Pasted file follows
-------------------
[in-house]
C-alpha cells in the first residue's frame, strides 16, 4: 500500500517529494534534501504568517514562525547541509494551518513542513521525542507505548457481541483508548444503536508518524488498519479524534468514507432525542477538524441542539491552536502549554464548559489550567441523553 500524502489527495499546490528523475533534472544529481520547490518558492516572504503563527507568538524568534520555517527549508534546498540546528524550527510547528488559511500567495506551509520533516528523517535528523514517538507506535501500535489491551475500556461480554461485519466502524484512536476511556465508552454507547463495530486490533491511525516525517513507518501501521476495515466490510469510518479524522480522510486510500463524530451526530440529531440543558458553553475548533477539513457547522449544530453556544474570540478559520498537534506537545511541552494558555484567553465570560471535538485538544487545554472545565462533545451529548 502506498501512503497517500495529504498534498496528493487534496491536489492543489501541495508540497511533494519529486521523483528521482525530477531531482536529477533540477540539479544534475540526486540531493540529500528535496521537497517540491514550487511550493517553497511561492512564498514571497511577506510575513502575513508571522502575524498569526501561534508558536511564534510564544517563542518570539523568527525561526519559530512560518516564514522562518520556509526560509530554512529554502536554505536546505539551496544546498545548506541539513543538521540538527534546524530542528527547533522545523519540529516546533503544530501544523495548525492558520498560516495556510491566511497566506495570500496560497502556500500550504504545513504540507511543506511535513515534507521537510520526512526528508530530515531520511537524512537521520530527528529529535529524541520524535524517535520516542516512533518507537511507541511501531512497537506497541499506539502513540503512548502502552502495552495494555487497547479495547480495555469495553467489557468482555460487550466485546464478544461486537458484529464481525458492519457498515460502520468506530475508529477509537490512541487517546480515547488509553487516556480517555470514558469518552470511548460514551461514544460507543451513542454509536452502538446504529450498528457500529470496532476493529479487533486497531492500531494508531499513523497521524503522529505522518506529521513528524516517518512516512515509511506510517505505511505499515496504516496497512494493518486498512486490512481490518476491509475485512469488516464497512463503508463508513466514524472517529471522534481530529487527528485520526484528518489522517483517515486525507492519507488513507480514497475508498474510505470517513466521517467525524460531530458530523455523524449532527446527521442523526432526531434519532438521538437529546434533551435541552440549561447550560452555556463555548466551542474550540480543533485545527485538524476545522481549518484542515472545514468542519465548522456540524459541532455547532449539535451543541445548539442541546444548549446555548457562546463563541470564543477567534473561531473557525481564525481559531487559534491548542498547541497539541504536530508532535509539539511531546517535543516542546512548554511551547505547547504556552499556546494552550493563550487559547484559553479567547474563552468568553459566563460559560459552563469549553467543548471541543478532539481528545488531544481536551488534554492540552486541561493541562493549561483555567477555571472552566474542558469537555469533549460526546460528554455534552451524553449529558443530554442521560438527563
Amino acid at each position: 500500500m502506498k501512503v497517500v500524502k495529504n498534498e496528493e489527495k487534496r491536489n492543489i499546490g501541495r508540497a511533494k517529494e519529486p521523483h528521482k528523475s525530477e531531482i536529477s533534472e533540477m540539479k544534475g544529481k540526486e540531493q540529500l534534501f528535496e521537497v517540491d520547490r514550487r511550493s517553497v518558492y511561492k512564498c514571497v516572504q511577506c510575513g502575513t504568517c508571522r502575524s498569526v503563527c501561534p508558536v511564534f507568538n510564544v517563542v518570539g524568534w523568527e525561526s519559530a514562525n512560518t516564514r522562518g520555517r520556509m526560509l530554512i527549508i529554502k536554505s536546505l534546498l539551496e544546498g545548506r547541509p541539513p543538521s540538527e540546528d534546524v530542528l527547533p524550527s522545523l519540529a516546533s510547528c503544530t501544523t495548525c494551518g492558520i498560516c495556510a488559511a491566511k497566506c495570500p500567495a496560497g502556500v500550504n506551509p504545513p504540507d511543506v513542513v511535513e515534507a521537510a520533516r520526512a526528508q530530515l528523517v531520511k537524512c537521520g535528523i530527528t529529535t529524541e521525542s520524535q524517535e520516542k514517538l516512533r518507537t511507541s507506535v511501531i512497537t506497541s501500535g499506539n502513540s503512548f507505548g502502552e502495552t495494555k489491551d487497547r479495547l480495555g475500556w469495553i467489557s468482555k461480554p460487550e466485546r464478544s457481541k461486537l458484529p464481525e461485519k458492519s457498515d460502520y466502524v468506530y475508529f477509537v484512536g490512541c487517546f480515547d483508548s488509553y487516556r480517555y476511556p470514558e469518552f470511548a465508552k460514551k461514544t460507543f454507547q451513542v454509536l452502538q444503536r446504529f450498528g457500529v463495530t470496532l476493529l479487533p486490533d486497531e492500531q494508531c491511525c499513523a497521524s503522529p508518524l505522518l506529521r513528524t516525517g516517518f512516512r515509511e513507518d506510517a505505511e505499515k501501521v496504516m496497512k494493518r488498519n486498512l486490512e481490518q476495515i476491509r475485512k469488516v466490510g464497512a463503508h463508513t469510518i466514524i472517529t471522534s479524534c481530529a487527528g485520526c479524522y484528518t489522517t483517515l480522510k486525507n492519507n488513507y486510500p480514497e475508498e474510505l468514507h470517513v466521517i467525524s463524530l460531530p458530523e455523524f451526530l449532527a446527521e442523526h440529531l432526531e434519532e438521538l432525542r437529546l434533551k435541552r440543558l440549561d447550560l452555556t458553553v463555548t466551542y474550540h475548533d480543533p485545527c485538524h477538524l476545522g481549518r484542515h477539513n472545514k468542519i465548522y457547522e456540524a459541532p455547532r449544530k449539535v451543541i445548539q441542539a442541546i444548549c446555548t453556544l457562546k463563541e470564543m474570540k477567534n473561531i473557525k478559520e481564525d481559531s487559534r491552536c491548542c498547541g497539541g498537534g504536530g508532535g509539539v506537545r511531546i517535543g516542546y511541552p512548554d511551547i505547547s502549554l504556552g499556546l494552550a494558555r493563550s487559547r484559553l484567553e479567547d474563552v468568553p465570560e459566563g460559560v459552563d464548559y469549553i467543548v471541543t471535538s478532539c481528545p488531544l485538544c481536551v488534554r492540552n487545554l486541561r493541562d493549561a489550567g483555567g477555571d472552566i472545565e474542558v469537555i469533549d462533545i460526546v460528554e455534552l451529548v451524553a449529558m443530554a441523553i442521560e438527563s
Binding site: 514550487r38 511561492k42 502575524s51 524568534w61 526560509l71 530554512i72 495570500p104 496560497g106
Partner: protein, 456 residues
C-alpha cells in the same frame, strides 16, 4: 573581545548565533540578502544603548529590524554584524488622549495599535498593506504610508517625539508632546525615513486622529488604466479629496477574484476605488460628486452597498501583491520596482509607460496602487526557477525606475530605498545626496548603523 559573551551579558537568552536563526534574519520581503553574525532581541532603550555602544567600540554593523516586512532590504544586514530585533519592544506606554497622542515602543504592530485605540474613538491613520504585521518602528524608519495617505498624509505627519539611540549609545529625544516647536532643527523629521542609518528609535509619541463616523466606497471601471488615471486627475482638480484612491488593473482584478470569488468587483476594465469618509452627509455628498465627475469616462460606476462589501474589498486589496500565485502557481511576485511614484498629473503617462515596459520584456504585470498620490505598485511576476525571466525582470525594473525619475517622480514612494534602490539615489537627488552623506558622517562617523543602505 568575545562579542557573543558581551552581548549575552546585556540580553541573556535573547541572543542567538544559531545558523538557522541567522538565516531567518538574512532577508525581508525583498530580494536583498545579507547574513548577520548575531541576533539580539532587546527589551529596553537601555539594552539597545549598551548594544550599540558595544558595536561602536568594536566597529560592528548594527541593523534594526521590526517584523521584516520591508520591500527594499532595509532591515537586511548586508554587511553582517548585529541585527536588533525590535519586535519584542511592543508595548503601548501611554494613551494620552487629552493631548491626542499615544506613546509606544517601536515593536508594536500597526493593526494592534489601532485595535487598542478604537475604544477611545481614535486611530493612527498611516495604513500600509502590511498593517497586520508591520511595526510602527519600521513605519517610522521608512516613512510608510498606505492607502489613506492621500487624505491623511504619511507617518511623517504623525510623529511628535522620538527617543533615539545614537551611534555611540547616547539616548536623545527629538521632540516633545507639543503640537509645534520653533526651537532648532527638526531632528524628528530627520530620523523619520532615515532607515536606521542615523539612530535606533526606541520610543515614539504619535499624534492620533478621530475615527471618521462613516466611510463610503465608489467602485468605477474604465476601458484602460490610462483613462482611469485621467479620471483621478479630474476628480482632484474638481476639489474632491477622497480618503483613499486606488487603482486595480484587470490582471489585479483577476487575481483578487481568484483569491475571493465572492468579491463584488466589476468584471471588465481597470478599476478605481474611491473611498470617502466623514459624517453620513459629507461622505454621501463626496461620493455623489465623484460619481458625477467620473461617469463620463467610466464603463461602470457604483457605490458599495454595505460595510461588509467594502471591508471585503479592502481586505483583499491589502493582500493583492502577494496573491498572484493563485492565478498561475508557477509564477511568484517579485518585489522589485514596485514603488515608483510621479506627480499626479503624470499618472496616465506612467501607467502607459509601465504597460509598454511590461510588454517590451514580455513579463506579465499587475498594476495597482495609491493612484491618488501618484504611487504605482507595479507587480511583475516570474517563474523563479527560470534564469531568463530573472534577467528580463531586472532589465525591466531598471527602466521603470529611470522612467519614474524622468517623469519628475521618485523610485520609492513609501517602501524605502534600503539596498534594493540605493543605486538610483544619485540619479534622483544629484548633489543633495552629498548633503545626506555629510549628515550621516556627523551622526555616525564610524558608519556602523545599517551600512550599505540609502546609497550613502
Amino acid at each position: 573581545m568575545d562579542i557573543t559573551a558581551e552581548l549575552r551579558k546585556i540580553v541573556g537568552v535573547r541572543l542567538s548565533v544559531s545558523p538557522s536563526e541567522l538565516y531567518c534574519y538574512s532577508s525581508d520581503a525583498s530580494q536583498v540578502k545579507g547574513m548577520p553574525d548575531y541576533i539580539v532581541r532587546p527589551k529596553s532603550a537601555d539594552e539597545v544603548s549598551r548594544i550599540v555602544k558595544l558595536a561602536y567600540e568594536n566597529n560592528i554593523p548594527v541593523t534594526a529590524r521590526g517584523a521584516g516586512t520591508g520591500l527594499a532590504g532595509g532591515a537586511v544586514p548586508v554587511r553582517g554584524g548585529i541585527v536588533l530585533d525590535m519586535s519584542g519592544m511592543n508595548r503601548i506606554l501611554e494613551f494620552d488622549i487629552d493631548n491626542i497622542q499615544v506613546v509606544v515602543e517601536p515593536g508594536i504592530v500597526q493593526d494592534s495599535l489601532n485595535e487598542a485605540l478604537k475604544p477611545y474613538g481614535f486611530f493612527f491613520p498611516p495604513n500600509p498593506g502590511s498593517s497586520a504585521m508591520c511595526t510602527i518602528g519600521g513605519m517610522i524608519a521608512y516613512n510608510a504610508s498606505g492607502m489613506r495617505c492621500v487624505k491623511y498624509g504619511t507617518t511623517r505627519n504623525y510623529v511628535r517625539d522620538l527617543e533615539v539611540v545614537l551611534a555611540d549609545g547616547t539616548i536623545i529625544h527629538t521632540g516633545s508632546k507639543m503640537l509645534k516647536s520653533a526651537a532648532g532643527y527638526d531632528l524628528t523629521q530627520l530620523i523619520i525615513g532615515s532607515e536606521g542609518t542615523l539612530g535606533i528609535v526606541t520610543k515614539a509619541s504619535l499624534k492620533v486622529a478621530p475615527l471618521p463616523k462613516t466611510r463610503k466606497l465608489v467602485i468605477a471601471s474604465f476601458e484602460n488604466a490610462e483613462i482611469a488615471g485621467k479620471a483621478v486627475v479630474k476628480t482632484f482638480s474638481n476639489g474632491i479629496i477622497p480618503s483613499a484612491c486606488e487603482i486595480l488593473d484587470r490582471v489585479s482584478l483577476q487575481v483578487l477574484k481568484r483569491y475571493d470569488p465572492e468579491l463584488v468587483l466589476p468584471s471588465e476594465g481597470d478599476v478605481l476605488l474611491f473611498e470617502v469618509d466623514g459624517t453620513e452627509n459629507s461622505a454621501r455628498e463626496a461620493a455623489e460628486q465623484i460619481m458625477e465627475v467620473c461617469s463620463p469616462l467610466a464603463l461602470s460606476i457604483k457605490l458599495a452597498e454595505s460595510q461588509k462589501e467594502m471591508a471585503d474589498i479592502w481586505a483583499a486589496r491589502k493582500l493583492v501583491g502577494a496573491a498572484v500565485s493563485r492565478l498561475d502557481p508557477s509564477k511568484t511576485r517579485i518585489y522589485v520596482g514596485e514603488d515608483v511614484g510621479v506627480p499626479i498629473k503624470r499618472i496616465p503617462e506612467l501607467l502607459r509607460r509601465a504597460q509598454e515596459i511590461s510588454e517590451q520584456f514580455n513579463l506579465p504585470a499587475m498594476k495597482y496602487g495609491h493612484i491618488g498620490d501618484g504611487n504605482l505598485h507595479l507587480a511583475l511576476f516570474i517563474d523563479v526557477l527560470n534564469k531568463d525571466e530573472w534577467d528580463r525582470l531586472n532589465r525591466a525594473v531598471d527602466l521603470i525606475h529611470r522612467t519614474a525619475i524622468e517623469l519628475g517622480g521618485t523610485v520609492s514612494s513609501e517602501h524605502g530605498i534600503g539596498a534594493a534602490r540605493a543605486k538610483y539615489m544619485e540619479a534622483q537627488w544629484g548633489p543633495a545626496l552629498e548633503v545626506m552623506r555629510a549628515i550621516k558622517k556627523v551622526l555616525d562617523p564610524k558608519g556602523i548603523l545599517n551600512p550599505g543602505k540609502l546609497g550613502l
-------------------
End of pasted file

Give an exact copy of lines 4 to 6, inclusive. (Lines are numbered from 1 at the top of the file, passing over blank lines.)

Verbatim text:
Binding site: 514550487r38 511561492k42 502575524s51 524568534w61 526560509l71 530554512i72 495570500p104 496560497g106
Partner: protein, 456 residues
C-alpha cells in the same frame, strides 16, 4: 573581545548565533540578502544603548529590524554584524488622549495599535498593506504610508517625539508632546525615513486622529488604466479629496477574484476605488460628486452597498501583491520596482509607460496602487526557477525606475530605498545626496548603523 559573551551579558537568552536563526534574519520581503553574525532581541532603550555602544567600540554593523516586512532590504544586514530585533519592544506606554497622542515602543504592530485605540474613538491613520504585521518602528524608519495617505498624509505627519539611540549609545529625544516647536532643527523629521542609518528609535509619541463616523466606497471601471488615471486627475482638480484612491488593473482584478470569488468587483476594465469618509452627509455628498465627475469616462460606476462589501474589498486589496500565485502557481511576485511614484498629473503617462515596459520584456504585470498620490505598485511576476525571466525582470525594473525619475517622480514612494534602490539615489537627488552623506558622517562617523543602505 568575545562579542557573543558581551552581548549575552546585556540580553541573556535573547541572543542567538544559531545558523538557522541567522538565516531567518538574512532577508525581508525583498530580494536583498545579507547574513548577520548575531541576533539580539532587546527589551529596553537601555539594552539597545549598551548594544550599540558595544558595536561602536568594536566597529560592528548594527541593523534594526521590526517584523521584516520591508520591500527594499532595509532591515537586511548586508554587511553582517548585529541585527536588533525590535519586535519584542511592543508595548503601548501611554494613551494620552487629552493631548491626542499615544506613546509606544517601536515593536508594536500597526493593526494592534489601532485595535487598542478604537475604544477611545481614535486611530493612527498611516495604513500600509502590511498593517497586520508591520511595526510602527519600521513605519517610522521608512516613512510608510498606505492607502489613506492621500487624505491623511504619511507617518511623517504623525510623529511628535522620538527617543533615539545614537551611534555611540547616547539616548536623545527629538521632540516633545507639543503640537509645534520653533526651537532648532527638526531632528524628528530627520530620523523619520532615515532607515536606521542615523539612530535606533526606541520610543515614539504619535499624534492620533478621530475615527471618521462613516466611510463610503465608489467602485468605477474604465476601458484602460490610462483613462482611469485621467479620471483621478479630474476628480482632484474638481476639489474632491477622497480618503483613499486606488487603482486595480484587470490582471489585479483577476487575481483578487481568484483569491475571493465572492468579491463584488466589476468584471471588465481597470478599476478605481474611491473611498470617502466623514459624517453620513459629507461622505454621501463626496461620493455623489465623484460619481458625477467620473461617469463620463467610466464603463461602470457604483457605490458599495454595505460595510461588509467594502471591508471585503479592502481586505483583499491589502493582500493583492502577494496573491498572484493563485492565478498561475508557477509564477511568484517579485518585489522589485514596485514603488515608483510621479506627480499626479503624470499618472496616465506612467501607467502607459509601465504597460509598454511590461510588454517590451514580455513579463506579465499587475498594476495597482495609491493612484491618488501618484504611487504605482507595479507587480511583475516570474517563474523563479527560470534564469531568463530573472534577467528580463531586472532589465525591466531598471527602466521603470529611470522612467519614474524622468517623469519628475521618485523610485520609492513609501517602501524605502534600503539596498534594493540605493543605486538610483544619485540619479534622483544629484548633489543633495552629498548633503545626506555629510549628515550621516556627523551622526555616525564610524558608519556602523545599517551600512550599505540609502546609497550613502